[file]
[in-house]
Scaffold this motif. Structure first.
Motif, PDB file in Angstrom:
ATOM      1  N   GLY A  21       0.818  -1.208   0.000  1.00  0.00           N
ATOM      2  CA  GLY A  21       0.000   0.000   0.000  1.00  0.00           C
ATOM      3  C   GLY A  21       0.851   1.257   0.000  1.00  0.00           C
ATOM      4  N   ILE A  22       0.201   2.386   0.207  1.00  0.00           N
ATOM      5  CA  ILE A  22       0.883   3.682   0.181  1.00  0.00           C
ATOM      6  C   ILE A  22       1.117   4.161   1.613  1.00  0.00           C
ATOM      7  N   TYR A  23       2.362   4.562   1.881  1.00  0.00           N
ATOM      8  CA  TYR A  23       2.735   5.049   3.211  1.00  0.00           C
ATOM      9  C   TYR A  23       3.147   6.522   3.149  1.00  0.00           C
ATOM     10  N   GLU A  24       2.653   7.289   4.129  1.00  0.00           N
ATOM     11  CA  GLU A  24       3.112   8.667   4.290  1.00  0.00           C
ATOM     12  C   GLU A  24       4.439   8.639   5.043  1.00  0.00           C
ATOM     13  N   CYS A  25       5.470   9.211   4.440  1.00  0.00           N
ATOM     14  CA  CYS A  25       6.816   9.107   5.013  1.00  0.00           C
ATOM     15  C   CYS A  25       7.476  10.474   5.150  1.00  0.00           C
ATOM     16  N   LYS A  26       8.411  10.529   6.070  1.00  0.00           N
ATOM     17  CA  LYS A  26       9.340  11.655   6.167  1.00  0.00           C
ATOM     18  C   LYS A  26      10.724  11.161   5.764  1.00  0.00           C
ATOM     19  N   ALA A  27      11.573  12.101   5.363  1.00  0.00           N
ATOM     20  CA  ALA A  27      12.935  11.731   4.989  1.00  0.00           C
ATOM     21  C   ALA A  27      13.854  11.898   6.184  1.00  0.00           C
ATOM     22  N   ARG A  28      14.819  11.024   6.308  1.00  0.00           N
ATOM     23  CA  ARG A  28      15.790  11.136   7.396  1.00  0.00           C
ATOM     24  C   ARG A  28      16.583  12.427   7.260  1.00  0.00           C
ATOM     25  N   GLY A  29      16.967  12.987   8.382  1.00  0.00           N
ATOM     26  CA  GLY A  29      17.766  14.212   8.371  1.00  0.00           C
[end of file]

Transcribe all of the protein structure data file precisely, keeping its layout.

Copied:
[in-house]
Scaffold this motif. Structure first.
Motif, PDB file in Angstrom:
ATOM      1  N   GLY A  21       0.818  -1.208   0.000  1.00  0.00           N
ATOM      2  CA  GLY A  21       0.000   0.000   0.000  1.00  0.00           C
ATOM      3  C   GLY A  21       0.851   1.257   0.000  1.00  0.00           C
ATOM      4  N   ILE A  22       0.201   2.386   0.207  1.00  0.00           N
ATOM      5  CA  ILE A  22       0.883   3.682   0.181  1.00  0.00           C
ATOM      6  C   ILE A  22       1.117   4.161   1.613  1.00  0.00           C
ATOM      7  N   TYR A  23       2.362   4.562   1.881  1.00  0.00           N
ATOM      8  CA  TYR A  23       2.735   5.049   3.211  1.00  0.00           C
ATOM      9  C   TYR A  23       3.147   6.522   3.149  1.00  0.00           C
ATOM     10  N   GLU A  24       2.653   7.289   4.129  1.00  0.00           N
ATOM     11  CA  GLU A  24       3.112   8.667   4.290  1.00  0.00           C
ATOM     12  C   GLU A  24       4.439   8.639   5.043  1.00  0.00           C
ATOM     13  N   CYS A  25       5.470   9.211   4.440  1.00  0.00           N
ATOM     14  CA  CYS A  25       6.816   9.107   5.013  1.00  0.00           C
ATOM     15  C   CYS A  25       7.476  10.474   5.150  1.00  0.00           C
ATOM     16  N   LYS A  26       8.411  10.529   6.070  1.00  0.00           N
ATOM     17  CA  LYS A  26       9.340  11.655   6.167  1.00  0.00           C
ATOM     18  C   LYS A  26      10.724  11.161   5.764  1.00  0.00           C
ATOM     19  N   ALA A  27      11.573  12.101   5.363  1.00  0.00           N
ATOM     20  CA  ALA A  27      12.935  11.731   4.989  1.00  0.00           C
ATOM     21  C   ALA A  27      13.854  11.898   6.184  1.00  0.00           C
ATOM     22  N   ARG A  28      14.819  11.024   6.308  1.00  0.00           N
ATOM     23  CA  ARG A  28      15.790  11.136   7.396  1.00  0.00           C
ATOM     24  C   ARG A  28      16.583  12.427   7.260  1.00  0.00           C
ATOM     25  N   GLY A  29      16.967  12.987   8.382  1.00  0.00           N
ATOM     26  CA  GLY A  29      17.766  14.212   8.371  1.00  0.00           C